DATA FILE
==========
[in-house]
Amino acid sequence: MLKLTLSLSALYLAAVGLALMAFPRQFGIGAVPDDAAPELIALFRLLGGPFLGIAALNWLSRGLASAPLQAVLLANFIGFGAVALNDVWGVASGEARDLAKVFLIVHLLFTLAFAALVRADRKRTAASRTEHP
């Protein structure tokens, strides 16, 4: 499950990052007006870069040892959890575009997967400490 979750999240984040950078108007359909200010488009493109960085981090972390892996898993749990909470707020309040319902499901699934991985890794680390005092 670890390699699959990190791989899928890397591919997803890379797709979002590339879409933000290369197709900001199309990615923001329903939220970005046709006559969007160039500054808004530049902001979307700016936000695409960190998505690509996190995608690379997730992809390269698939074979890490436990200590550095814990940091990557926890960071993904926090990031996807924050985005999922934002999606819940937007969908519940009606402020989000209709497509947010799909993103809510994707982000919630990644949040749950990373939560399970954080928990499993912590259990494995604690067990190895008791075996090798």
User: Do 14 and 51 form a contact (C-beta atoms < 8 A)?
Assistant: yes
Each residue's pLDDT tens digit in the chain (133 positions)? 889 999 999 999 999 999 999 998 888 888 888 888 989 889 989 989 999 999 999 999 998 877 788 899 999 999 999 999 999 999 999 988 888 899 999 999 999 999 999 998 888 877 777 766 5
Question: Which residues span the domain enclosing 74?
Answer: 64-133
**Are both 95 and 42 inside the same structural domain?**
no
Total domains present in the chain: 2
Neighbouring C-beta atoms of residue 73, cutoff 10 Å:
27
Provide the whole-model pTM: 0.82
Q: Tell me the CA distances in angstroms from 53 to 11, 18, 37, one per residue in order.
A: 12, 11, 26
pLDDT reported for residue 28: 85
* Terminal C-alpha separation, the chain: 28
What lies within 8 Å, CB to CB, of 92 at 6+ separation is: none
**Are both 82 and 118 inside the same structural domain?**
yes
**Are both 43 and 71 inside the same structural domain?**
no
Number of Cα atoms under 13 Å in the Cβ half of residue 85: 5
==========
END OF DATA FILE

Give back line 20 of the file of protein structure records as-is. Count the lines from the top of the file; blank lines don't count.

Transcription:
**Are both 82 and 118 inside the same structural domain?**